This all changed significantly in Persona 4 Golden. The prizes were expanded to include extra EXP, money, and other beneficial and detrimental effects based on the different Tarot Card Arcana. This wouldn’t have been so bad if the cards were still shuffled and laid face down to be chosen from. Instead, you get a set of cards face up, and you can pick a certain amount out of them. Some cards give you bonus chances to pick cards up, and if the player picks them in an order that allows them to collect all five cards at once, they get a Sweep Bonus.


An example of Persona 4 Golden’s Shuffle Time

A Sweep Bonus ensures that the following battle will result in another Shuffle Time event, where you can potentially get a Sweep Bonus again, and the cycle continues. Once a player figures out how to abuse this system, they can exponentially boost their EXP and money gains. This makes grinding for levels and spending cash much easier, and the player now can spend less time in a dungeon without being under leveled and broke. Persona 4 is all about balancing the time inside and outside of dungeons, and if the dungeon aspect becomes so easy, the player can spend even more of their free time boosting their social links and stats, further increasing their power.

This infinite loop of potential can destroy the later game difficulty, which is not quite balanced to take this strategy into account. A Persona game needs to have some kind of anti-grinding effect in place, or players can just power level to victory with little effort. Even if the solution is to make leveling slower after a certain point or more boring, that’s still better than just leaving such easy loopholes around to use.


Persona 4 vs Persona 4 Golden: Part 2

I’ll start off with one significant change that Persona 4 Golden makes: It re-balanced the difficulty of many of the story-line bosses. Some of those changes I did agree with, as the first two main dungeons in the game do have a high difficulty curve due to your limited resources and the lack of weaknesses to exploit.

Spoilers below if you plan to play these games:

The two bosses I personally felt were weakened the most were Shadow Yukiko and Shadow Kanji.

In Persona 4 for the PS2, these two were what really made some players struggle their first time around. But with good preparation (after a few deaths as learning experiences), they could be defeated reasonably with your set party of the main character, Yosuke (who’s weak to electric but strong with Wind), and Chie (weak to Fire but strong with Ice).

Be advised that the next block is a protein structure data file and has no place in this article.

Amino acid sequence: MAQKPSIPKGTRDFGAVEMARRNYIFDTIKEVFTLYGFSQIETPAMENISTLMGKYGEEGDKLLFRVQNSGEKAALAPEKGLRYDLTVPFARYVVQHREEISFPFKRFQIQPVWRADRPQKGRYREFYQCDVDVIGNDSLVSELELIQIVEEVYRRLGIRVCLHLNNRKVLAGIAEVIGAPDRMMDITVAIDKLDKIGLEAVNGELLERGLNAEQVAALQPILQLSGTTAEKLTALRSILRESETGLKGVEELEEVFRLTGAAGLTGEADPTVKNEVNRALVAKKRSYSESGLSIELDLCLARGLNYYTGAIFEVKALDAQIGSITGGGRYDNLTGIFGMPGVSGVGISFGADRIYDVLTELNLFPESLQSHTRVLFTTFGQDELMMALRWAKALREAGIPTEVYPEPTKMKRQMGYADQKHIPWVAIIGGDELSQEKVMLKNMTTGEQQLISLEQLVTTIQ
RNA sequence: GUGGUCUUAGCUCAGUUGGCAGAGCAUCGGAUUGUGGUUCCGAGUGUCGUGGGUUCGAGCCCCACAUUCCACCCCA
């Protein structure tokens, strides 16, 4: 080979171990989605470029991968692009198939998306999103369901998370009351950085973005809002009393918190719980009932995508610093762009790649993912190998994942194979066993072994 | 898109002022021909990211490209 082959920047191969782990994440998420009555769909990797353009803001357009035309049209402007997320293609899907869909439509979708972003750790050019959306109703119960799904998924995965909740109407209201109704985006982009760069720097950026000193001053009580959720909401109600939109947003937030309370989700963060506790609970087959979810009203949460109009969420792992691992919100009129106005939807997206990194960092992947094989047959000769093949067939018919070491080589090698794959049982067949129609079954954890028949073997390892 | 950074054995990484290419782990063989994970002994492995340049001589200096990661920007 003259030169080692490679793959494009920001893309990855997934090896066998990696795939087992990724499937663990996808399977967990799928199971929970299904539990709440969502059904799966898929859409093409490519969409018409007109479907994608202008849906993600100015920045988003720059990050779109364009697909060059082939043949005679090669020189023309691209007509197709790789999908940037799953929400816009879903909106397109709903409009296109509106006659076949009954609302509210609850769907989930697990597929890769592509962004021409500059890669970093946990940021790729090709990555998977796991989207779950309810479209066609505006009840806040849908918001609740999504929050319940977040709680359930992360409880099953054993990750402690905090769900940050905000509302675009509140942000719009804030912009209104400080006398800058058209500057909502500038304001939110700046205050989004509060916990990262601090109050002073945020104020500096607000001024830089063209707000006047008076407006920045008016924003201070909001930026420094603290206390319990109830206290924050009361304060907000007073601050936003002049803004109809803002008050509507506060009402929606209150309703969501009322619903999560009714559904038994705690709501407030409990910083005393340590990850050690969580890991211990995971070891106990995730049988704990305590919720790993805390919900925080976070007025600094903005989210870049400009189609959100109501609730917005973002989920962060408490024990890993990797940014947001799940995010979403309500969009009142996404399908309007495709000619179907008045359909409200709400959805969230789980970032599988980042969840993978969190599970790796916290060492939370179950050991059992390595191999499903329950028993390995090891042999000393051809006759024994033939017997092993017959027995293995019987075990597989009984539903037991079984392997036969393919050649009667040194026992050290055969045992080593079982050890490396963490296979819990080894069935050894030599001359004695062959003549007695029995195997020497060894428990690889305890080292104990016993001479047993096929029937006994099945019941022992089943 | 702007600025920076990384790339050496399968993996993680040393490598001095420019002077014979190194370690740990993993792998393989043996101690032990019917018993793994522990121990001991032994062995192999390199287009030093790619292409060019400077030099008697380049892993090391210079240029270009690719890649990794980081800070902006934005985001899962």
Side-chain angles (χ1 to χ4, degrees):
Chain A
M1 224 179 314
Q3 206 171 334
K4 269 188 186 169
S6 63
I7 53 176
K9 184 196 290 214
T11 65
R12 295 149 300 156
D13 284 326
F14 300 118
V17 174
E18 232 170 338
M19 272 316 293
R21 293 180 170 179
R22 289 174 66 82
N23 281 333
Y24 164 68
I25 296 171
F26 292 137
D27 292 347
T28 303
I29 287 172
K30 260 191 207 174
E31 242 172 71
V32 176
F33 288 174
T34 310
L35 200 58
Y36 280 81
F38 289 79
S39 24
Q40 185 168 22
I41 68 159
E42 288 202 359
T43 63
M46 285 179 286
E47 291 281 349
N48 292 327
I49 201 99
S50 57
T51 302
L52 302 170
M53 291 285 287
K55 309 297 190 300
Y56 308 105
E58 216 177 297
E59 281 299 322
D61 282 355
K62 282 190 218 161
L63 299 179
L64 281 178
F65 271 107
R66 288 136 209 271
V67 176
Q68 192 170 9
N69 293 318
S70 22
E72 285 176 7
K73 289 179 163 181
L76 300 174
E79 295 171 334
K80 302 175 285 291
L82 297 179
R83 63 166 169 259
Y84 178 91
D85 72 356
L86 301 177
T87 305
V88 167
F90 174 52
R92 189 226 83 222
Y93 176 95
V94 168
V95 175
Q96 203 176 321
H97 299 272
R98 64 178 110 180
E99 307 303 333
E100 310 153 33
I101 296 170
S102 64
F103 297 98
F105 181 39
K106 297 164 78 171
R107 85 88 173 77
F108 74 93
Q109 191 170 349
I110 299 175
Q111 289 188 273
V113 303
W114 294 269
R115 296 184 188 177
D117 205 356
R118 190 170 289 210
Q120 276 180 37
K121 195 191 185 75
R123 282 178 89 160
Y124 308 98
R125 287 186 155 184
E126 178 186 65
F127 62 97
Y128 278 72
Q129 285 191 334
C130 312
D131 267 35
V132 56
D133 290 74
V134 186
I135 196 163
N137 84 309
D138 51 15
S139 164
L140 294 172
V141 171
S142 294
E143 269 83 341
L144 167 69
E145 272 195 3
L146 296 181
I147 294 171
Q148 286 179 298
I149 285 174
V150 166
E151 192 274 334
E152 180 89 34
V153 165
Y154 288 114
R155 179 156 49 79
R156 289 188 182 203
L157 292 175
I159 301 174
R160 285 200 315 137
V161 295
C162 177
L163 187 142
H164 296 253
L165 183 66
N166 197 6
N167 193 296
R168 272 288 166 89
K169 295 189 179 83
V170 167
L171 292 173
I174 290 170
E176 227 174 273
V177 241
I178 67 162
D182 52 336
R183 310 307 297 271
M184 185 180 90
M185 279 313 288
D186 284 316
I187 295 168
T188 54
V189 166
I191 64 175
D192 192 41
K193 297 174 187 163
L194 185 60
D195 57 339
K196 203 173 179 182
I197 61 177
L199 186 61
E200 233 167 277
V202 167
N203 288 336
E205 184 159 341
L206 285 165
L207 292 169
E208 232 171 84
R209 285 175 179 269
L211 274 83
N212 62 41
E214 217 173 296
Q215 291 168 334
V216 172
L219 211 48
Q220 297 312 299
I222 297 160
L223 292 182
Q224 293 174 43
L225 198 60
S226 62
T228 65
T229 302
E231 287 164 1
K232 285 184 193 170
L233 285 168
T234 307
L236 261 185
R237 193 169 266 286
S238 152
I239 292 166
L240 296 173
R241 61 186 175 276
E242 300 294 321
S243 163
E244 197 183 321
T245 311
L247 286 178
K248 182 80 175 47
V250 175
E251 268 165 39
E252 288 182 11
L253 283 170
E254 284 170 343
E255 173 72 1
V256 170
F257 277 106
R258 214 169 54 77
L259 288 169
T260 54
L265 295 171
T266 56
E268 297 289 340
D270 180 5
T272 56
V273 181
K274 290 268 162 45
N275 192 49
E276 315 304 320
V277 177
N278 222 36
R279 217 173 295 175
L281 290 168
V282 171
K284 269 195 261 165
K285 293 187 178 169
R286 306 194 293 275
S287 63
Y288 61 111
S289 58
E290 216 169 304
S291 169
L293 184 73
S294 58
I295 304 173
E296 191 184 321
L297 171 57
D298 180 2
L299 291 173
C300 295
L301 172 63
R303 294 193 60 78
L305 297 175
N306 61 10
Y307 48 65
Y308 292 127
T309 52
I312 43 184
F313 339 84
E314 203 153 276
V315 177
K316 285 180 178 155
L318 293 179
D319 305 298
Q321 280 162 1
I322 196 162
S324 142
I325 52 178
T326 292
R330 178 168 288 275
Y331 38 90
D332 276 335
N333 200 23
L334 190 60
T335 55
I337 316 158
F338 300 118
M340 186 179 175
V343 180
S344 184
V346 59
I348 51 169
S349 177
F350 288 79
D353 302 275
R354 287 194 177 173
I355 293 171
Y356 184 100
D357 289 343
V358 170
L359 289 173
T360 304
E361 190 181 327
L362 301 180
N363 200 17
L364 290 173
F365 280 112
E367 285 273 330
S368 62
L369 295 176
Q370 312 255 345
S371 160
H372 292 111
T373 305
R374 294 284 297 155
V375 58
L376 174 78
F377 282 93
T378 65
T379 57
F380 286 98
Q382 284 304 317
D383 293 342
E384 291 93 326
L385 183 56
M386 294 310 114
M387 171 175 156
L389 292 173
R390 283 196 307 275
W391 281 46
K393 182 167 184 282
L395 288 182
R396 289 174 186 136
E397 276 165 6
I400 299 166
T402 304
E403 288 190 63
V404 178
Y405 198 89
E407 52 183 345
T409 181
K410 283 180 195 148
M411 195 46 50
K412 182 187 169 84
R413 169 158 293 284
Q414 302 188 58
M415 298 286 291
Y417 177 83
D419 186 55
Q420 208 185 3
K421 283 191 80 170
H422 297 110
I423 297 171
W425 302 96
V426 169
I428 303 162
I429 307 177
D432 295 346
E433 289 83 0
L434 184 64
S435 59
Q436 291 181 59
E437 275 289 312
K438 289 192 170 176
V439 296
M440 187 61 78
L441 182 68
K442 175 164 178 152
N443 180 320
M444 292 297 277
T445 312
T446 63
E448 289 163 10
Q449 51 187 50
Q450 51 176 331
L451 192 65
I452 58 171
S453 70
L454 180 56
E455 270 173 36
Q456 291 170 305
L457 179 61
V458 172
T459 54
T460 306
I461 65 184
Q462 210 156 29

In the original games, neither boss had an elemental weakness to exploit for more damage, but in Persona 4 Golden, they and their summoned allies are given a weakness, along with shifts in move-sets and possibly AI behaviors.


Shadow Yukiko is now weak to Ice attacks, which allows two out of three of your party members to hit her for extra damage and waste her turn by knocking her down a few times. She also now gives a text based cue for when she’s about to use Burn To Ashes, a really strong Fire spell that is guaranteed to do a lot of damage to the party if no one takes a turn to Block (this is even worse for Chie since it’ll knock her down or kill her if you’re caught off guard).  Now this alone I thought was acceptable as a way to even the playing field, but Golden went even beyond that. It dropped a couple of the Boss’s stats by a point or so, weakening her offensively and defensively, and even with her raised HP, the loss of defense combined with that Ice weakness means she takes way more damage and at a faster rate than before.

Shadow Yukiko also summons a helper during the fight, and while it does about the same thing in Golden as it did in the original version (debuff, buff, and occasionally heal the Boss), it’s far more beneficial to waste time killing him now, since he’s weak to Electric (something you should have access to), and when you run him off, Shadow Yukiko wastes a turn of hers trying to bring him back, and it will always fail. That’s another free turn for you to heal yourself and/or do more damage.

With all of these changes in place, it feels a bit like overkill in terms of assuring the player can win.